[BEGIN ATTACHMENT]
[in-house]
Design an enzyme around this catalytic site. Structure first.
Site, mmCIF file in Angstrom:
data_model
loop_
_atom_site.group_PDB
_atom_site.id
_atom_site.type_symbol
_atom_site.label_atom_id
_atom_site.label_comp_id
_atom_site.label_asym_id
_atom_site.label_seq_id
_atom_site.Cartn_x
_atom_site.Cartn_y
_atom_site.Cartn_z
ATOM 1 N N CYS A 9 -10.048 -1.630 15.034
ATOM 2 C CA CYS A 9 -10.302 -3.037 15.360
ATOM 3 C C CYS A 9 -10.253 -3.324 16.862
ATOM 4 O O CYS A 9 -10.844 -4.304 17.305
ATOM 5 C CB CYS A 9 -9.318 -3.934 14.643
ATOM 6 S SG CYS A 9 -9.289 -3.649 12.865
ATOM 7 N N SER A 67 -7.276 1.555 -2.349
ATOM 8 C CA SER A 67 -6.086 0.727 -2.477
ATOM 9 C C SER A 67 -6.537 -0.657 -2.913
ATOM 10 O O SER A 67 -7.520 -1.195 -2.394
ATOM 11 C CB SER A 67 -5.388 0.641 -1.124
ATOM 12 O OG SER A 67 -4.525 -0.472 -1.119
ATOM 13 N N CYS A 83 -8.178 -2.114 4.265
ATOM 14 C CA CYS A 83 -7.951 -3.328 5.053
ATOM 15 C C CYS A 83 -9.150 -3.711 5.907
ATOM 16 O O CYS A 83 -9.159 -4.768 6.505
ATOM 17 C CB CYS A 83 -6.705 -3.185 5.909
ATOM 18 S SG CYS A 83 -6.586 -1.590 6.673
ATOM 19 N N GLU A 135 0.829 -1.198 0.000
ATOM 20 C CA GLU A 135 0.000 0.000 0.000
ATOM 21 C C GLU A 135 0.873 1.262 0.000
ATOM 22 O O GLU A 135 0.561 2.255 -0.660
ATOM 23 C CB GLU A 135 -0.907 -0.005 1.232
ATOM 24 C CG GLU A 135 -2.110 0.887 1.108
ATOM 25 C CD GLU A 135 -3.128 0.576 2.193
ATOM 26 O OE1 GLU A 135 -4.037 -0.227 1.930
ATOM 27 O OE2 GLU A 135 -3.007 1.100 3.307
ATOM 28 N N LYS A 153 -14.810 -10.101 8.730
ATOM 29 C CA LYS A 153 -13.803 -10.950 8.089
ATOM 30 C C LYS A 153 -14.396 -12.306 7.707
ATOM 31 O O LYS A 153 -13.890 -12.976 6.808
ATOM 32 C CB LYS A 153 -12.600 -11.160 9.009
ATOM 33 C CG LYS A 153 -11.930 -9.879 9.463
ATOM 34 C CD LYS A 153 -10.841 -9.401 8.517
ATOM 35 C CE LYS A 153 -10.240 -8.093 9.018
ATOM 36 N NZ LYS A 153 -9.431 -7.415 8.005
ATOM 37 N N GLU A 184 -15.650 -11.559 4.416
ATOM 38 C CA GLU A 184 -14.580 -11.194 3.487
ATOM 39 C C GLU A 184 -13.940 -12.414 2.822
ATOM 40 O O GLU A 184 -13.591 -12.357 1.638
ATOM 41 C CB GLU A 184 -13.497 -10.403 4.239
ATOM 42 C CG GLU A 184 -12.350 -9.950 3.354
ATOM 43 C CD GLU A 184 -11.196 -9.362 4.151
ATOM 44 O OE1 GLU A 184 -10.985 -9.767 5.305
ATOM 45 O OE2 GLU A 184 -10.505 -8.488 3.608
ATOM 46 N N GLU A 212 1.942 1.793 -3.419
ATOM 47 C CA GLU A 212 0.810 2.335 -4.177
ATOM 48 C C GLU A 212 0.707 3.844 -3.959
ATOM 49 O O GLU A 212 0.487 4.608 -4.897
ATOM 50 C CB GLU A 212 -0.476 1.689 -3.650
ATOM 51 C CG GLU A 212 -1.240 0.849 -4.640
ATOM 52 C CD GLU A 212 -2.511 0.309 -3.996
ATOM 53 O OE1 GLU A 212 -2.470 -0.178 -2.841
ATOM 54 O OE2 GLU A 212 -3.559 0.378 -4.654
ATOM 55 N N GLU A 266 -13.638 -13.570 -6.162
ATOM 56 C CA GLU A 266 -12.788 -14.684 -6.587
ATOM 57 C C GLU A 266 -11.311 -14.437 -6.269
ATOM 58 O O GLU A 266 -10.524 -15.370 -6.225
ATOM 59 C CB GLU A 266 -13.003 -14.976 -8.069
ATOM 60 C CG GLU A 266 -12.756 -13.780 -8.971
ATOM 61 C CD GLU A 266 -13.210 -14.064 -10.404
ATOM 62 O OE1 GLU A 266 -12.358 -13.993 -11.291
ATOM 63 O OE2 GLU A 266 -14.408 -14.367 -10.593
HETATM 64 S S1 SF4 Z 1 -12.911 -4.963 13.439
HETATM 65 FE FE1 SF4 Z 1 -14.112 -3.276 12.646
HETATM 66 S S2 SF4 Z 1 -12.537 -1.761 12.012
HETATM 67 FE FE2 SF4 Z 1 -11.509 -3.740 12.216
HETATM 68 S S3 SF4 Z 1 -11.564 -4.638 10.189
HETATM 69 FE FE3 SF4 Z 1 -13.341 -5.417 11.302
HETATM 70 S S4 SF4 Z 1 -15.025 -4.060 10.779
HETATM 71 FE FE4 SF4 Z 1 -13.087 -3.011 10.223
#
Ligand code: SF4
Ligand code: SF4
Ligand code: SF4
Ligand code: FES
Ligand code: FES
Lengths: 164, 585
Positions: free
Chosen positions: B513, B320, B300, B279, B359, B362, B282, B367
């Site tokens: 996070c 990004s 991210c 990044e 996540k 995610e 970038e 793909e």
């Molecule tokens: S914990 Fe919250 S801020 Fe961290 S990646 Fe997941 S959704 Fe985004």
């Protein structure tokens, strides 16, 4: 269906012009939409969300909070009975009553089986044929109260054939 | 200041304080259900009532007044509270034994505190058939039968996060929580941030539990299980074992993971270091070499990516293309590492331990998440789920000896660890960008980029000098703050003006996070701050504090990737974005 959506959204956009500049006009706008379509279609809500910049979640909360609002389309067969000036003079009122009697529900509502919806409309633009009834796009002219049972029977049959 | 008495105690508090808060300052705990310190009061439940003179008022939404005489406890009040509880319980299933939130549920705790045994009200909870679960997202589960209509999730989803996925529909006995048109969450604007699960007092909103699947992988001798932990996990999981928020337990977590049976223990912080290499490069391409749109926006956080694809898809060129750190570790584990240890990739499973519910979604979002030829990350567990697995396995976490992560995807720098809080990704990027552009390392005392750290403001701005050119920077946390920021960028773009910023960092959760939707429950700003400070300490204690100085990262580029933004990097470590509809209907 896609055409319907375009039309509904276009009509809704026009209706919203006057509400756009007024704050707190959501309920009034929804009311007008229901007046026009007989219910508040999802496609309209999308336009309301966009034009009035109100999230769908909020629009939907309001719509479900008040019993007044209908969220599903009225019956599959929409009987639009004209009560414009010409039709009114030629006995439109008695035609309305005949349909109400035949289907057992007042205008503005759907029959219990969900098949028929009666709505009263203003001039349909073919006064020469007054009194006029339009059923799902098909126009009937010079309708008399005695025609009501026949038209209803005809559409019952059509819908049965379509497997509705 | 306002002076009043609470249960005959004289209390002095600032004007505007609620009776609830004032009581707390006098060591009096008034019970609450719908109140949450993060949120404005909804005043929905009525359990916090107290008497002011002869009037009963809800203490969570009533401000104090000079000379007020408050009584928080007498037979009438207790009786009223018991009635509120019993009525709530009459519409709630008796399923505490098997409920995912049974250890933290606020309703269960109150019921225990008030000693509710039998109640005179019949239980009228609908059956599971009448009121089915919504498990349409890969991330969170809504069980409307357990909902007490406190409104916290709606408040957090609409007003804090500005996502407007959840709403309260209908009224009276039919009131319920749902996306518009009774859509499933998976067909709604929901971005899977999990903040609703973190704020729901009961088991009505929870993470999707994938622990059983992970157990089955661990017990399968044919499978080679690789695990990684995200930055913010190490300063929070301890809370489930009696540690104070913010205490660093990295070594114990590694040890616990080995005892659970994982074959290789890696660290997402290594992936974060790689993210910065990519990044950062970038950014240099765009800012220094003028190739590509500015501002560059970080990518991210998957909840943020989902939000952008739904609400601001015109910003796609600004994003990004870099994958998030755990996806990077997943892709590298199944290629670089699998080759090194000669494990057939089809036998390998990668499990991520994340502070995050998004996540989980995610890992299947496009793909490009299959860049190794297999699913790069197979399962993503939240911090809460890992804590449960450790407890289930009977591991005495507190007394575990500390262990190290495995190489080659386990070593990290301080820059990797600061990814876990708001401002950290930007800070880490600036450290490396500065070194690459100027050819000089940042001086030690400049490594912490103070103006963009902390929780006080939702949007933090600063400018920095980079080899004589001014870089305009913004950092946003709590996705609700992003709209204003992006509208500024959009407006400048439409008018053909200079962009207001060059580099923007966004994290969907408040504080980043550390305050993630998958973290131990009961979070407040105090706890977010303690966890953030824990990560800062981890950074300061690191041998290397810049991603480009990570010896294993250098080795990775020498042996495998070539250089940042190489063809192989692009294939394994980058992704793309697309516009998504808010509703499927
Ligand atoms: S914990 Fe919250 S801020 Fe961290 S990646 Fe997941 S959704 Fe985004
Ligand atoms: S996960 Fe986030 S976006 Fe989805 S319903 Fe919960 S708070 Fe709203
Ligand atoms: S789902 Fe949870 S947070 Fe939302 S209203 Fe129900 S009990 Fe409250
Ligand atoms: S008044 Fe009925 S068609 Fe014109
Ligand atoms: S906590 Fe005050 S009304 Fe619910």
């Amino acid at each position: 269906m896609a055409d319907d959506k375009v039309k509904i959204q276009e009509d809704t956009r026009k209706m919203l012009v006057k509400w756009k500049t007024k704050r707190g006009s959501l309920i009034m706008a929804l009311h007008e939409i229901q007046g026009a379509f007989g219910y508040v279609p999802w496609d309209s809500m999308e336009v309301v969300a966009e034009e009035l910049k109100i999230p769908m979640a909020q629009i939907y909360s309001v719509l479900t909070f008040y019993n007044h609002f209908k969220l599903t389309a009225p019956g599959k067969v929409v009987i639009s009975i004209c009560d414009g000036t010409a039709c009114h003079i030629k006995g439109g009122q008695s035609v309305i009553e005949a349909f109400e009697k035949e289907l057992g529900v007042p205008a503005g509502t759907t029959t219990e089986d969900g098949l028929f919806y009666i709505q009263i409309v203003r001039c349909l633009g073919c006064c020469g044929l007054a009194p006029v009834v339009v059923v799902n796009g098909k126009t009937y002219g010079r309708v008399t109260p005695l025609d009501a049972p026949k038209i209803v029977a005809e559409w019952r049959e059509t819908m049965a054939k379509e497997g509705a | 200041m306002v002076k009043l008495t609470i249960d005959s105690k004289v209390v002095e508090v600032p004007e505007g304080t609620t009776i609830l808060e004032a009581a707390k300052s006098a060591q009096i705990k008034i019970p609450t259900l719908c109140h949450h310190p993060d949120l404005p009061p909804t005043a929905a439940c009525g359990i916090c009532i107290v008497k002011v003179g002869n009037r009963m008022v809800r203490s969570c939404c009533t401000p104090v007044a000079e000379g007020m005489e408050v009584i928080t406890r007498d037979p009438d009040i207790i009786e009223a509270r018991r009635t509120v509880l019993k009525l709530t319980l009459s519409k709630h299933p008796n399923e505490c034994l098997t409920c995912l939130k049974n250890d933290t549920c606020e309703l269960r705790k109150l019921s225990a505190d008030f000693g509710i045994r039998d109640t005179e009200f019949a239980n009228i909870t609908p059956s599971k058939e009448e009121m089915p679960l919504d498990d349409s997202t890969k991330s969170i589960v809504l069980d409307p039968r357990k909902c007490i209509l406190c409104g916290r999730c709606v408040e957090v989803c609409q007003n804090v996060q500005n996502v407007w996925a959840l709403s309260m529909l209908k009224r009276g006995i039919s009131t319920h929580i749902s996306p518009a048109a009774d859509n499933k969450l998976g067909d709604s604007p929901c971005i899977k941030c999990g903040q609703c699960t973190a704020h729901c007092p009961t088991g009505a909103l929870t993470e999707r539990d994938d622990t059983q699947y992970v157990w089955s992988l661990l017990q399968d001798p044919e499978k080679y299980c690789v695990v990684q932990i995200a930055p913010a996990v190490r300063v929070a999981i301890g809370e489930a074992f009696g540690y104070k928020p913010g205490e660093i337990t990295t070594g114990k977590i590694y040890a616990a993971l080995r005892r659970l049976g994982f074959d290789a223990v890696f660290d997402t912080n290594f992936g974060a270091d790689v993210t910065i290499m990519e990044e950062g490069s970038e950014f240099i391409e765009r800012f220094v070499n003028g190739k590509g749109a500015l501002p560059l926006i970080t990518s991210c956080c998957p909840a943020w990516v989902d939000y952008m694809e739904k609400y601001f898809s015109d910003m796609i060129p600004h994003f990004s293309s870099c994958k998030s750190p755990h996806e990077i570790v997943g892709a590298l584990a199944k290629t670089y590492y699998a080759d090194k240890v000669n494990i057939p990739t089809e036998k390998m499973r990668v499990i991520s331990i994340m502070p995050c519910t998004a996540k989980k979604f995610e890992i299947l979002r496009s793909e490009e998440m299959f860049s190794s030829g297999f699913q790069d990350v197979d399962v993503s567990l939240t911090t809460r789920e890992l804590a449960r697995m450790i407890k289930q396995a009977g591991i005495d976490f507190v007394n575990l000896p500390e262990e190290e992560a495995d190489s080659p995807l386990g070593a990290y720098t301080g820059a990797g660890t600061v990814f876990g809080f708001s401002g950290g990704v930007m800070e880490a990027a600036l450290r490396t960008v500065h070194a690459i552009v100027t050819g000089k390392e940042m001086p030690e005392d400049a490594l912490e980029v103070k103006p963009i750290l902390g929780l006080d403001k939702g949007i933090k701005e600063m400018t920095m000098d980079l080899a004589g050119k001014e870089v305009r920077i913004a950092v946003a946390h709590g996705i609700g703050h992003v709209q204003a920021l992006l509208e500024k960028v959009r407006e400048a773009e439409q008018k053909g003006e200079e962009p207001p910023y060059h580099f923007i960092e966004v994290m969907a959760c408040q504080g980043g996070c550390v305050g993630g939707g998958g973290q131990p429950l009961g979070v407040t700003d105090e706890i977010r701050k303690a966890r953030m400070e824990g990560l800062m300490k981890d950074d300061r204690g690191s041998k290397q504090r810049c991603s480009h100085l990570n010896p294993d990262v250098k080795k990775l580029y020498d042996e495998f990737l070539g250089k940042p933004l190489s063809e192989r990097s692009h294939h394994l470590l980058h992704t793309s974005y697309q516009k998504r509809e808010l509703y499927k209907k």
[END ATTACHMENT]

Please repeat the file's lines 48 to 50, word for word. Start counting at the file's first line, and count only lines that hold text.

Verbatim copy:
ATOM 33 C CG LYS A 153 -11.930 -9.879 9.463
ATOM 34 C CD LYS A 153 -10.841 -9.401 8.517
ATOM 35 C CE LYS A 153 -10.240 -8.093 9.018